We then chose to investigate the EGF receptor (EGFR) and the phosphatase and tensin homolog (PTEN), which are clinically important proteins in glioblastoma multiforme tumor biology within the ErbB/HER signaling pathway and are known to be highly correlated with their cognate genomic mutational state (23, 24). Because of the more specific expression of EGFR in tumor cells compared with normal brain cells (22), we postulated a limited effect of tumor cell enrichment via LCM on the correlation of EGFR DNA mutation/copy number variation and EGFR (phospho)protein levels. In contrast, PTEN protein/phosphorylation level concordance with DNA mutation/copy number variation should be affected much more by LCM, because of its more ubiquitous expression in all cell types (Fig. 5D; ref. 25).
Of 30 patients with known EGFR mutation status, 5 patients (17%) had a mutation in EGFR (Supplementary Table S1). As expected, carriers of EGFR mutation showed significantly increased EGFR protein levels, both in LCM and in slide lysis samples (Fig. 4A). However, changes in EGFR phosphorylation (Tyr1173) were only found to be significant or showed a trend toward significance (Tyr1068) after LCM while being masked by high variation after lysing whole tissue (Fig. 4A).
We then investigated whether EGFR gene amplification would show the same trend. Of 36 patients with known EGFR copy number information, 15 (42%) had no or limited EGFR amplification (0/+1), whereas 21 patients (58%) had significant EGFR amplification (+2). As expected, we found a general increase in EGFR protein levels and phosphorylation (Tyr1068 and Tyr1173) corresponding with significant EGFR amplification (Fig. 4B). Although the increase in total EGFR and both phosphorylated forms of EGFR was significant (P < 0.05) in LCM samples, the increase in EGFR Tyr1173 phosphorylation was less pronounced and not significant in whole-tissue lysates. No significant impact of tumor content was found for either LCM or slide lysis samples (Fig. 4B).
Following this, we determined the impact of PTEN mutation on PTEN protein levels. Of the 39 TCGA samples used for this study, 30 had a known PTEN mutation status, with 23 patients displaying PTEN and 7 patients PTEN mutation (23%; Supplementary Table S1). A decrease in PTEN protein levels was found in tissue samples from patients with PTEN mutation only when the data were derived from cells enrichment by LCM (P < 0.1; Fig. 5A). Moreover, constraining the analysis to high tumor content (≥90%) samples did not improve the ability to obtain accurate PTEN protein data in whole-tissue lysates (Fig. 5A). PTEN gene copy number was available for 36 samples, with 7 patients having no change in copy number (19%), 25 patients with single-copy loss (heterozygous deletion, 69%) and 4 patients with deep loss (possibly homozygous deletion, 11%). Deep loss of PTEN resulted in a significant decrease in PTEN protein levels and phosphorylation (Ser380) again identified only after LCM tumor cell enrichment (Fig. 5B).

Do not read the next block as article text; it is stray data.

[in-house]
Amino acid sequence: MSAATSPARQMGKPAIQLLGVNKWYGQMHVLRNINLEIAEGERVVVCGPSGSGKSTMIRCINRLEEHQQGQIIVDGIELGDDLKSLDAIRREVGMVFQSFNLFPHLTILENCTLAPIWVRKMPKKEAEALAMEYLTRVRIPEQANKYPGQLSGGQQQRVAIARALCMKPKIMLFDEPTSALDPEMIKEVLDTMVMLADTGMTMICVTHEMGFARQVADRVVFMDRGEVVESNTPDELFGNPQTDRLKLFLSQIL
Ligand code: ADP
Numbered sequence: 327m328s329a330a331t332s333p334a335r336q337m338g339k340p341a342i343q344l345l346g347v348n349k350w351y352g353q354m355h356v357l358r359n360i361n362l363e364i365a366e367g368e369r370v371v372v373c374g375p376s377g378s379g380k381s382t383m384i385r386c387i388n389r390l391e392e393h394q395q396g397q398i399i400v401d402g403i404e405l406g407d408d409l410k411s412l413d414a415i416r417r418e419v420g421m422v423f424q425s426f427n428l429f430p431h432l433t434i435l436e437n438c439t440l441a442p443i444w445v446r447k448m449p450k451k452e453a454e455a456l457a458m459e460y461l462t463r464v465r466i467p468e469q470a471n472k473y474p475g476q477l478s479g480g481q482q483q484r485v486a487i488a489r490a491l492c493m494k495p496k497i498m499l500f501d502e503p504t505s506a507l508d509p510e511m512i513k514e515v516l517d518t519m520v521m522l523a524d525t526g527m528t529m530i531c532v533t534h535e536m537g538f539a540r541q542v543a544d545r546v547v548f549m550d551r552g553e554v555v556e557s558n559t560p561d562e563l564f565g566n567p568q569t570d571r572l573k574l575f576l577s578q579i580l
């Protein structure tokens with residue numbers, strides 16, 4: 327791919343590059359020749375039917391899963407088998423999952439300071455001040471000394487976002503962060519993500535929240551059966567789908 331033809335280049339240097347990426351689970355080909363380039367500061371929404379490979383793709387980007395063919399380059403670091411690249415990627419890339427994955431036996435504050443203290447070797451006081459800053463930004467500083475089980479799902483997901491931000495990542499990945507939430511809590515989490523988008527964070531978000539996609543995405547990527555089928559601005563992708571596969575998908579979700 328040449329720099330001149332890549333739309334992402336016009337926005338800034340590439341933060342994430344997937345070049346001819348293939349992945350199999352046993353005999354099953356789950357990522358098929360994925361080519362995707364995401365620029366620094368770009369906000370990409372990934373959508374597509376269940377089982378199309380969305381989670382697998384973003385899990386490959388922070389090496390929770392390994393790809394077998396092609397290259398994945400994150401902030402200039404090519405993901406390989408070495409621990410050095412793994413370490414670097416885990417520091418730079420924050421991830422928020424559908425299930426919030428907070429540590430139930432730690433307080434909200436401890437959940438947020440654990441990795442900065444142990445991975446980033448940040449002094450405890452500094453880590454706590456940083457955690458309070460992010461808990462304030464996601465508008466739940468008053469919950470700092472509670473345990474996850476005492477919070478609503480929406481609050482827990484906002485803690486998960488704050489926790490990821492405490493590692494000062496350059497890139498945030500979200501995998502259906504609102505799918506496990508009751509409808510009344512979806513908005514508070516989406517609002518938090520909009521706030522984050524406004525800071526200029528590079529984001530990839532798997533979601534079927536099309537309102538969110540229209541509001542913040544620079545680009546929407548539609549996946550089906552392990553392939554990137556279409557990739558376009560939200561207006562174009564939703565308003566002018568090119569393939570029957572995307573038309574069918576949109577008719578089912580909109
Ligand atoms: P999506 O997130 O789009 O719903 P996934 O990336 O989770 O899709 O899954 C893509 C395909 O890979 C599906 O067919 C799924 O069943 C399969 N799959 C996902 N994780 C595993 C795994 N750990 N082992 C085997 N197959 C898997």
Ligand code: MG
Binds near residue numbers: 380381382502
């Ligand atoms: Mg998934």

Whole-tissue extraction masks expected DNA mutation/protein network activation determinants
Given the current emphasis on signaling networks in cancer biology, we sought to determine the effect of LCM on accurate determination of EGFR and PTEN mutation–driven phosphorylation of AKT (for review including current molecular targets of this signaling network in glioblastoma multiforme, see ref. 26). We found a highly significant inverse correlation between PTEN levels and AKT phosphorylation (Fig. 6A; AKT Ser473: R2 = 0.8, P < 0.01; AKT Thr3081: R2 = 0.9, P < 0.005) in LCM samples of patients carrying PTEN mutations. This correlation was lost when analyzing nonenriched samples (AKT Ser473: R2 = 0.1, P > 0.5; AKT Thr3081: R2 = 0.1, P > 0.6). As expected, no correlation was found between AKT phosphorylation and PTEN in patients without PTEN mutations (Fig. 6A). Similarly, EGFR mutation lead to a significant correlation between EGFR and AKT activation in LCM samples (Fig. 6B; EGFR Tyr1068: R2 = 0.8, P < 0.05; EGFR Tyr1173: R2 = 0.9, P < 0.05), which is largely lost in nonenriched samples (EGFR Tyr1068: R2 = 0.3, P > 0.2; EGFR Tyr1173: R2 = 0.5, P > 0.1). Patients without EGFR mutation exhibited generally lower levels of EGFR phosphorylation and a lack of correlation with phosphorylated AKT (Fig. 6B).
Independent validation confirms that whole-tissue extraction masks expected genomic–proteomic relationships